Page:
How did you get to where you are at in your career at the moment? What was your first paid gig as a creative person? Could you name three or so defining stations in your career so far?
I think my very first design job was a website I made for a local bookshop in 1997. It was both daunting and exciting – nobody at that point knew what websites were supposed to be, we were basically making it up as we went along. I had started teaching myself web design at an internet cafe where my then-boyfriend worked; I read books about HTML, about basics of design. That was in 1996, certainly a relevant point that initially got me interested in technology, design, and how they meet.
The next defining point was when, after some jobs (and thinking that I should really be doing something more serious and substantial with my life), I started studying multimedia design in 2002 – which in turn led to a new fixation on type and typography.
The most recent big shift happened in 2013, when I closed my design studio in Basel and relocated to The Hague to study in the Type and Media master program. I ended up staying in Holland and have since started with a new studio more fully focused on type design, typography and a bit of coding. I am grateful that I’ve had the chance to make up this path as I go along – 20 years ago I wouldn’t have expected to end up designing type, but now I’m very happy with it.
Which work are you particularly proud of? Which work best represents your style or approach?
In type design, I generally am most convinced of my most recent work, as I can see least flaws in it. Right now I am finalizing my new typeface Nordvest, which started as my graduation typeface at TypeMedia (under the name Mica). It’s a fairly serious text typeface with slightly reversed contrast and a softer italic; I’m, maybe, “proud” of this because it’s both novel in the type landscape, and also a bit of a new direction for me. It’s more complex than the type I drew before TypeMedia; I am originally a bit of a minimalist, a bit of a modernist, I’m bad at adding details that don’t have an obvious and necessary function. I’ve been trying to evolve to a take on design that’s a bit more painterly, less cold. In this project I really pushed myself outside my comfort zone, doing a lot of hand-sketching and writing too, for instance. All that said, though, a number of friends and colleagues have pointed out a recognizable personal style between this and my previous typeface, FF Ernestine. I can’t tell you what that is, though – I’m not sure I see it myself.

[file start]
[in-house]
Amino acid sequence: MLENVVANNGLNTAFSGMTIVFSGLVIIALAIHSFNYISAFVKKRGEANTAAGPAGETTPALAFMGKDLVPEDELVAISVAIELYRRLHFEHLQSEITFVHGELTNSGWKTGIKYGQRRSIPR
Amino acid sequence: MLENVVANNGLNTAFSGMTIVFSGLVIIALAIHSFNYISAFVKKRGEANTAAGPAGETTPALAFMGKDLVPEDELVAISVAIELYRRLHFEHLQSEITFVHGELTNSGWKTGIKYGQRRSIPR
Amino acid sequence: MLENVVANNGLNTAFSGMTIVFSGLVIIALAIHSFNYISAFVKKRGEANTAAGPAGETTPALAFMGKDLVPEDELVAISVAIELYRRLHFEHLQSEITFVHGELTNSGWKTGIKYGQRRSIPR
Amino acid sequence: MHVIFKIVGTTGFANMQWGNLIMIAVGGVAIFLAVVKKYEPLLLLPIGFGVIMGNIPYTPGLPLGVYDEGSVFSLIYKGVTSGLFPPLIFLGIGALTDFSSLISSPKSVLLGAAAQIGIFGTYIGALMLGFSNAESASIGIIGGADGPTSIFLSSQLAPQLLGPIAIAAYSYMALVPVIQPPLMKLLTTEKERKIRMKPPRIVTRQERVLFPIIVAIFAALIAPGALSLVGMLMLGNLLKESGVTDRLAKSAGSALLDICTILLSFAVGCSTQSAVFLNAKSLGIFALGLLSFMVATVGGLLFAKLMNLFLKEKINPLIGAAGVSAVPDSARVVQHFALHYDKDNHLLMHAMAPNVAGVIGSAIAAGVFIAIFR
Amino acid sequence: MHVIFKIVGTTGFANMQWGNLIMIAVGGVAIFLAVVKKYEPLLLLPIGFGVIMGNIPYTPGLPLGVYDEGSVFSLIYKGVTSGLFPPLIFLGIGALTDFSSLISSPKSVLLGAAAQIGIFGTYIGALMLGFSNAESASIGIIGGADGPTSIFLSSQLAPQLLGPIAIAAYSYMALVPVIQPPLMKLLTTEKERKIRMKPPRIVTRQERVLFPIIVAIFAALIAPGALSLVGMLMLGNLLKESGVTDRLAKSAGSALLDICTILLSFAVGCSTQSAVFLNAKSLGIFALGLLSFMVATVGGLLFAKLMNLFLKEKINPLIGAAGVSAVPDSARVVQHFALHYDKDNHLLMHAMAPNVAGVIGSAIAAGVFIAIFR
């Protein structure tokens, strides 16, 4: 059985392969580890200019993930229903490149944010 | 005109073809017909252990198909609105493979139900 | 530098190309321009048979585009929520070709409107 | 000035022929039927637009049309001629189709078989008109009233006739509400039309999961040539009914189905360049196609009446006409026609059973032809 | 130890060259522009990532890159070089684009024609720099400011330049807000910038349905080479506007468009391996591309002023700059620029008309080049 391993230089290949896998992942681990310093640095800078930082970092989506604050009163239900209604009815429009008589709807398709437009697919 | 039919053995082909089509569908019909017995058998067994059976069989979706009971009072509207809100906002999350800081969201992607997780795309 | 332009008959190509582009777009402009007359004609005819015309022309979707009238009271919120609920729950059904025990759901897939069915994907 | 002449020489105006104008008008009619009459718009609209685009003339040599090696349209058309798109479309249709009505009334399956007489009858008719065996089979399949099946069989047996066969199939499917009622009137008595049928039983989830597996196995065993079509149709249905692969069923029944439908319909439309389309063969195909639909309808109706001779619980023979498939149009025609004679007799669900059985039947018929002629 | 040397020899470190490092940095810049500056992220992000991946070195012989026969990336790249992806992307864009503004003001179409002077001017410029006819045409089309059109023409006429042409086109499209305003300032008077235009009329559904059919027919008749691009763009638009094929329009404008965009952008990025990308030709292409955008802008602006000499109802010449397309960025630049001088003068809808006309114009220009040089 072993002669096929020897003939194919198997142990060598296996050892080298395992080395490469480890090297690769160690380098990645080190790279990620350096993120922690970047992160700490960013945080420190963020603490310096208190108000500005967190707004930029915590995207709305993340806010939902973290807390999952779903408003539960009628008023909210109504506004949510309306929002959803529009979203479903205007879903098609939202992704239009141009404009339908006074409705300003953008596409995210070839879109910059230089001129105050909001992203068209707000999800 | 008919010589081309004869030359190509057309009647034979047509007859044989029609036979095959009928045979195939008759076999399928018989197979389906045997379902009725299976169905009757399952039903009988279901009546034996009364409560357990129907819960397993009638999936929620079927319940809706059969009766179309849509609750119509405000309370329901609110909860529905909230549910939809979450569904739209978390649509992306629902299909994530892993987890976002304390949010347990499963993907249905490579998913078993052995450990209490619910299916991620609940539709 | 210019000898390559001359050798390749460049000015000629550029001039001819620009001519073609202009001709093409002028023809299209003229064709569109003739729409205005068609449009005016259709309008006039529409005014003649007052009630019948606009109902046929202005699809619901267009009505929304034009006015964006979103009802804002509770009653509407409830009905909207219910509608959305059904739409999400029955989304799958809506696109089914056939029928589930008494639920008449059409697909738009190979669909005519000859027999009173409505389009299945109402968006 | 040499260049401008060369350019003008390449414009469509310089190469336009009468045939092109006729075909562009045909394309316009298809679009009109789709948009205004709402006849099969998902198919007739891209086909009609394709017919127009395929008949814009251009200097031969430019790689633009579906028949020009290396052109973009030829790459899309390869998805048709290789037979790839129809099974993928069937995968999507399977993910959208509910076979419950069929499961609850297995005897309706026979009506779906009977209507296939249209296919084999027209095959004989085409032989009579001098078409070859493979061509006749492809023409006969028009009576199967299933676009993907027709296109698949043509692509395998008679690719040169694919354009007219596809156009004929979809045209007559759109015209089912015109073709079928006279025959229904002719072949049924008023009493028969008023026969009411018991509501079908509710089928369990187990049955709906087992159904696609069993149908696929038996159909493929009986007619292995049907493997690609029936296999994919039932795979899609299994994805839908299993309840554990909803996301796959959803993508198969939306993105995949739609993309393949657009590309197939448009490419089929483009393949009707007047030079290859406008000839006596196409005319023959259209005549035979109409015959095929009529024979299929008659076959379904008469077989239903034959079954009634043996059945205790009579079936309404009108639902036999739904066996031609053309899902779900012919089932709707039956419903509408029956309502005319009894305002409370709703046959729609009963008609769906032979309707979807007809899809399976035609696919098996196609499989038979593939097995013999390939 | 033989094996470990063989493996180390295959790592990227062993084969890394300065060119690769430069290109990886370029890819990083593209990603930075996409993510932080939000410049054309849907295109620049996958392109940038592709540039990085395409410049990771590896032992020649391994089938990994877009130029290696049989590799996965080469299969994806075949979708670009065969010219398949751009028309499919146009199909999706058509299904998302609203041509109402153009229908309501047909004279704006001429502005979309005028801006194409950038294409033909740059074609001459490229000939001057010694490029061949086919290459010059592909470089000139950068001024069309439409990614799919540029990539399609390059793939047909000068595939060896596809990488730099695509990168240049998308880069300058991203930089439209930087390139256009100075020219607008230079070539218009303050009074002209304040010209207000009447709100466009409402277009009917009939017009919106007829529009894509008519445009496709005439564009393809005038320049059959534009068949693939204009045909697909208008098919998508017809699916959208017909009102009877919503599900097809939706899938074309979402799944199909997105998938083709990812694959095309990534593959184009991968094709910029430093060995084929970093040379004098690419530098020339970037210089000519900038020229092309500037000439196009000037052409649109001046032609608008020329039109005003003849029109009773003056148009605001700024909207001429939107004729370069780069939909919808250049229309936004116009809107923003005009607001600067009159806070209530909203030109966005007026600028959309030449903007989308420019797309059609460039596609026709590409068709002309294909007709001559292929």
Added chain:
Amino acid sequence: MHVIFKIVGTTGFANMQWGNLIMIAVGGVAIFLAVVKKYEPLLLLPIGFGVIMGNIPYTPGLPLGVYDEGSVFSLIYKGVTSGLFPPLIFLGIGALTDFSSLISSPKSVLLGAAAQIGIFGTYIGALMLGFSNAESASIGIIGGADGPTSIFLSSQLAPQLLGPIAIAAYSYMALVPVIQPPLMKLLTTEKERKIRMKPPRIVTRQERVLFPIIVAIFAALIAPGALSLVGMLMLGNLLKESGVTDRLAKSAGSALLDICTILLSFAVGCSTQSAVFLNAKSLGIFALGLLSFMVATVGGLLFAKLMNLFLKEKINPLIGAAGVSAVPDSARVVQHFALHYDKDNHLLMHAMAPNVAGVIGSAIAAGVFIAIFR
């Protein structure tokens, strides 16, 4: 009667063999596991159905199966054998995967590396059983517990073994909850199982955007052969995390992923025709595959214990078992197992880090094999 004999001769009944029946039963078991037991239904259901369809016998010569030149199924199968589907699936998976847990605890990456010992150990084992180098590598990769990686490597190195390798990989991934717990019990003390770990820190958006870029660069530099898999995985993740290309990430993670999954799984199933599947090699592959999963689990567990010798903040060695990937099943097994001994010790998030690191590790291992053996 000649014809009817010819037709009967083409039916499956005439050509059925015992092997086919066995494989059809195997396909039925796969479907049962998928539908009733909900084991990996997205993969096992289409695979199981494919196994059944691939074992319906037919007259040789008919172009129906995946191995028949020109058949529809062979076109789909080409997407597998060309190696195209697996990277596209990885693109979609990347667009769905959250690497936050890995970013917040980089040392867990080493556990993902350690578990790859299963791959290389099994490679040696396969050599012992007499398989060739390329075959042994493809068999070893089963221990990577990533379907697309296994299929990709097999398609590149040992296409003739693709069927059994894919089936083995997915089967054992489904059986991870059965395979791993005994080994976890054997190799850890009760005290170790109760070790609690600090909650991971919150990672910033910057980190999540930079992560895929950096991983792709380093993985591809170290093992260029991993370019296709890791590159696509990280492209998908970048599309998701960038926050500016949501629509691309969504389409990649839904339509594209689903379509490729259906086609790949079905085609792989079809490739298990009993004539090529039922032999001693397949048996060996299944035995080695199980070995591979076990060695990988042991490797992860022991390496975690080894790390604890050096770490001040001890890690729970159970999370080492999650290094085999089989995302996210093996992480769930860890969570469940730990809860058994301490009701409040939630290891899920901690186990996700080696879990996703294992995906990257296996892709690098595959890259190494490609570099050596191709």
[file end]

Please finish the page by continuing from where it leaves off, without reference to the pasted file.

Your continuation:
The theme of TYPO Berlin 2015 is “Character”. Taking the cue from the famous Vanity Fair/ Proust questionnaire: “What is your most marked chararacteristic / chief character trait?“
Hard question. I think I’m pretty serious, about most things. I’d rather be smart than pretty. I’m also more introverted than people seem to think. People who meet me at TYPO or other conferences often see me as a talkative partynoodle, but that’s because I spend the largest part of my year cooped up alone working, so by the time a conference rolls around I’m really ready for some communication!
Required reading/watching: What are currently your favorite interesting/beautiful publications, exhibitions, books, movies and/or websites?
I tend to be inspired more by substance/content/thinking than by style, so I prefer reading more non-design, thought-inspiring things instead of looking at flashy design publications.
Next on my reading list is “Lists of Note” by Shaun Usher – an eclectic and beautiful treasure trove of lists – but I’m also reading Murakami, Borges, and a Japanese guide to effectively decluttering your house (I wish). My favorite online reading at the time are the tinyletter mailing lists of Deb Chachra (Metafoundry) and Matthew Ogle (Pome) that inject little portions of fascinating thought and unexpected poetry into my days. In case you’re now wondering how I keep updated with what’s happening in design: Twitter, baby!